ceived project. Maria Ivanovna started upon her journey a few days after this, accompanied by the faithful Paláshka and the trusty Savelitch, who consoled himself, during his forced separation from me, with the reflection that he was at least serving my bride-elect.
Maria Ivanovna arrived safely at Sofia, and, on learning that the court happened to be at Tzarskoe-Selo, she decided upon remaining. A little room behind a partition was got ready for her at the station. The station-master's wife immediately entered into conversation with her, informed her that she was the niece of a fire-lighter at the palace, and initiated her into all the mysteries of court life. She told her at what hour the empress usually rose, drank her coffee, took her walk; what great gentlemen were with her at such times; what she had deigned to say yesterday at dinner, and whom she had received in the evening. In a word, Anna Vlassievna's accounts would have filled a volume of historical notes, and would have been highly prized by the coming generation!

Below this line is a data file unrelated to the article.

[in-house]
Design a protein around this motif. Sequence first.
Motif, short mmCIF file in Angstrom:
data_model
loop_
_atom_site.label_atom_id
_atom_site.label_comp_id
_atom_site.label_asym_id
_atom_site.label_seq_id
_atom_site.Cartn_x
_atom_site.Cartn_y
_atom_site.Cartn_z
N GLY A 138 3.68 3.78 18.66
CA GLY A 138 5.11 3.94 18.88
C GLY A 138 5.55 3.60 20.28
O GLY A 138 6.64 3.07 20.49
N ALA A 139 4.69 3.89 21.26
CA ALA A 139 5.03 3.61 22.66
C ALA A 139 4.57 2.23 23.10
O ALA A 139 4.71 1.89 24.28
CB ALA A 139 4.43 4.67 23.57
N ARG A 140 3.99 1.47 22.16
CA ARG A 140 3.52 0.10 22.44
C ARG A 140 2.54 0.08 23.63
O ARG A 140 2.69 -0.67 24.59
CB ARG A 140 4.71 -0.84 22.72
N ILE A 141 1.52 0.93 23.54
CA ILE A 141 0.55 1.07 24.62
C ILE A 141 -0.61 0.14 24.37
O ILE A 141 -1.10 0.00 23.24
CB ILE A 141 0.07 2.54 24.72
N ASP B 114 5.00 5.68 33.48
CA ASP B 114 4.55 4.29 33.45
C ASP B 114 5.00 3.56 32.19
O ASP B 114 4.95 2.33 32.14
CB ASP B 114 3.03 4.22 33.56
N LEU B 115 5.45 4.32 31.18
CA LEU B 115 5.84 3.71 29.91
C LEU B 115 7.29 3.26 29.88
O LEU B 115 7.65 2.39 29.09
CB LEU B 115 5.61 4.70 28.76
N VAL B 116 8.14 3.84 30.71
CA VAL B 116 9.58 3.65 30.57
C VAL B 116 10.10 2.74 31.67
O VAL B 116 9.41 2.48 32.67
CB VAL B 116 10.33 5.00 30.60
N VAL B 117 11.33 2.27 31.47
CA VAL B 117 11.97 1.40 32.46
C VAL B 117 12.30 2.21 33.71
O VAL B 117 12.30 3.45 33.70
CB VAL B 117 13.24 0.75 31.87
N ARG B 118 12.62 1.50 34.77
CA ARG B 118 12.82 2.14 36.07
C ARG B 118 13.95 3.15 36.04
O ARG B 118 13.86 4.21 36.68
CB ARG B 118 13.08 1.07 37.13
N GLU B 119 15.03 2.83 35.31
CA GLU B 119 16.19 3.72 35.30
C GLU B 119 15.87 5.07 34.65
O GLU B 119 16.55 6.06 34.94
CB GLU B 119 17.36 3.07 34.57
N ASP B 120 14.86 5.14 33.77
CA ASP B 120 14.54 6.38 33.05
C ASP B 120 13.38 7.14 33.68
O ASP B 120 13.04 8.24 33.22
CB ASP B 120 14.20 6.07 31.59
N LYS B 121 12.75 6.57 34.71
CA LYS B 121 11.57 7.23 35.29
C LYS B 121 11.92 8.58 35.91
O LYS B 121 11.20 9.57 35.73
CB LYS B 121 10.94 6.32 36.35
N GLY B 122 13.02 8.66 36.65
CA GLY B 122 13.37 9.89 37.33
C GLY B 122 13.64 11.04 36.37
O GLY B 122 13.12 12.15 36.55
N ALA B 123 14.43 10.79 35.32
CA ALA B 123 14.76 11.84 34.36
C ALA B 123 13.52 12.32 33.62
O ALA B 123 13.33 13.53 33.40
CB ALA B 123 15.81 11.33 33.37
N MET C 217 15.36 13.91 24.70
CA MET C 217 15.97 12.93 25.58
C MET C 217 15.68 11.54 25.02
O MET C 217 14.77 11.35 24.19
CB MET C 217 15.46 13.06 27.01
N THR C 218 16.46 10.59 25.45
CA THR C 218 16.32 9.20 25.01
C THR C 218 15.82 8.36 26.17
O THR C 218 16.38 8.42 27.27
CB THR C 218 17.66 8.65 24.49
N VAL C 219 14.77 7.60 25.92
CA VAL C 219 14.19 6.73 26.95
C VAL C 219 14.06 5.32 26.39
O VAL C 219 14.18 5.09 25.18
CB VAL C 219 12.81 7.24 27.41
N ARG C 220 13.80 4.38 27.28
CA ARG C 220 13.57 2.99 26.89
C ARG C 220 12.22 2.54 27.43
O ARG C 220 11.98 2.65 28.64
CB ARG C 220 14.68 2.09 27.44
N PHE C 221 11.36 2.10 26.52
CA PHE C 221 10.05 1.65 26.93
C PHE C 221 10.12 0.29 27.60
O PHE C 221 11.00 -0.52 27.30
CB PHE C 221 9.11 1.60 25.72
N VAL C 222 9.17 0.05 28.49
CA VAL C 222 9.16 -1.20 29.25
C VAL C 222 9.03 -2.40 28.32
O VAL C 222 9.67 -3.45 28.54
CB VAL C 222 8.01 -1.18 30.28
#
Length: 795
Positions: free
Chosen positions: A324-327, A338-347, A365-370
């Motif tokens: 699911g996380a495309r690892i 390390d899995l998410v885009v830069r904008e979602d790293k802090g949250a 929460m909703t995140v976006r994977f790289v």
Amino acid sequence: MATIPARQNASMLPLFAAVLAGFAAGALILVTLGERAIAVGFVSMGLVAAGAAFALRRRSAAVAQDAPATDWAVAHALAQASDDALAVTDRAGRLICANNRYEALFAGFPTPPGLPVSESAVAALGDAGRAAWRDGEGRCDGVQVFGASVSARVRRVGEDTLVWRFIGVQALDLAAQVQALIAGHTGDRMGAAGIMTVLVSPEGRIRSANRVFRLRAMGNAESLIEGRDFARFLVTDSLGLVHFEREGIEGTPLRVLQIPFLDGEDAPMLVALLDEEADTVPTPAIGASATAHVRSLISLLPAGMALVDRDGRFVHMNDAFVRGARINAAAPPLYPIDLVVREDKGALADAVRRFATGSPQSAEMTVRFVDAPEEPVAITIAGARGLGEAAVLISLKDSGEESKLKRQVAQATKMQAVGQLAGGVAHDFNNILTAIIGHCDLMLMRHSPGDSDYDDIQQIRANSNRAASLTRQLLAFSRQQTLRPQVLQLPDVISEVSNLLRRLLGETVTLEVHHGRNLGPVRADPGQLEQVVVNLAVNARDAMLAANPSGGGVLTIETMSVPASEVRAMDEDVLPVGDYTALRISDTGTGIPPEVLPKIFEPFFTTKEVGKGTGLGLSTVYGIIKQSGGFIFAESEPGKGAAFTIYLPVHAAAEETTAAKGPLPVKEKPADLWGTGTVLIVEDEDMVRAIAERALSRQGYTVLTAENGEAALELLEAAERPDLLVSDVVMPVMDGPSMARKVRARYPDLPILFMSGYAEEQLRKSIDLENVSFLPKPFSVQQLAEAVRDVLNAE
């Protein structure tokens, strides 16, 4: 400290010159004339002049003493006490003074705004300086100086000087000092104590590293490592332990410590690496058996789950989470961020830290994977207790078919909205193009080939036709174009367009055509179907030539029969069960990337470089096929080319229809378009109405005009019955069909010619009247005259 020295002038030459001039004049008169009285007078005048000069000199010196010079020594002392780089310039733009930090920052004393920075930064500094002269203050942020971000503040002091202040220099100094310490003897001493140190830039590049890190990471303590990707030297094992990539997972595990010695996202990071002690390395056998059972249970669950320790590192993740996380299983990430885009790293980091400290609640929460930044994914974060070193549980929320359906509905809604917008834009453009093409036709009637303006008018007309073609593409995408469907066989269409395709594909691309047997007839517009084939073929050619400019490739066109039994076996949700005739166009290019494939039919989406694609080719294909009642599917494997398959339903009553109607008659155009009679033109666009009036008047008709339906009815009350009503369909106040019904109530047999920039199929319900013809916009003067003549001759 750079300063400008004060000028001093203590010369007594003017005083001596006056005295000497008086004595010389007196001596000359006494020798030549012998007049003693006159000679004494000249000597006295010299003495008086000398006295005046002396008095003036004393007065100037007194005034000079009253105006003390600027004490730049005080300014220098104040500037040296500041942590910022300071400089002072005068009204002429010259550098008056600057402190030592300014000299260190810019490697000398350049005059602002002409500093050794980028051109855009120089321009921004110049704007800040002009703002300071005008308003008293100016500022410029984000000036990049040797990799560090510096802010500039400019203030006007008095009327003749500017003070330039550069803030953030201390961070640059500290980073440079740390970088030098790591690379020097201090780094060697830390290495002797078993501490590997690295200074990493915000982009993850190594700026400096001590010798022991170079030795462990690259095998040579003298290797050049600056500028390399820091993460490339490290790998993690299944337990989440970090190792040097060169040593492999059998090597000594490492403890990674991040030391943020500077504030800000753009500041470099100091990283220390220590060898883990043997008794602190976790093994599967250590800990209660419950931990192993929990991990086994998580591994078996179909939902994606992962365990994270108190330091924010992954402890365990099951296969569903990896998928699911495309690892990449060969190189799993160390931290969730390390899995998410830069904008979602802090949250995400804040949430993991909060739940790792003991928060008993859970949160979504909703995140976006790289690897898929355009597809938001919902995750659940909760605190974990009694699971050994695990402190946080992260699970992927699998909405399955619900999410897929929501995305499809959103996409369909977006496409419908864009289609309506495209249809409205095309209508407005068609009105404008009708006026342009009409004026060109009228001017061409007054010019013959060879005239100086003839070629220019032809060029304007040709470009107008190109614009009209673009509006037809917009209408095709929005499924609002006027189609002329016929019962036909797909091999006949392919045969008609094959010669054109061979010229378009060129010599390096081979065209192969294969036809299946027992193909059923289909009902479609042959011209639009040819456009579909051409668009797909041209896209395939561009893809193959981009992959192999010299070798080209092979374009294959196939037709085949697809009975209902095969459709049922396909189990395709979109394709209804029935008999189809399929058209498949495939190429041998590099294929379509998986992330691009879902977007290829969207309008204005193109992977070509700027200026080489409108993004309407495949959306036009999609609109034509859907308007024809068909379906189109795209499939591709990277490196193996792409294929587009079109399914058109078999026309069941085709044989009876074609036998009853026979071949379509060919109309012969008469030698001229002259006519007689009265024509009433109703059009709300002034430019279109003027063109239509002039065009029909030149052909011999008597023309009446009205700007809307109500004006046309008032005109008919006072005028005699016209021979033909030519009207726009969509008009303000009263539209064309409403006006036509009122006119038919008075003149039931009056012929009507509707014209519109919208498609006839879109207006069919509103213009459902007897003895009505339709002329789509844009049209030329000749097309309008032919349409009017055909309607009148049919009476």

Maria Ivanovna listened attentively. She strolled into the garden. Anna Vlassievna had a story to tell of each alley, each little bridge; and, after a long walk, they returned to the station quite pleased with each other.
The following morning Maria Ivanovna woke early, dressed, and quietly went out into the garden. It was a lovely morning. The sun was shining brightly through the lime-trees, already seared by the fresh autumnal breezes, the smooth surface of the broad lake glittered in
- Anne, daughter of Blase.—Tr.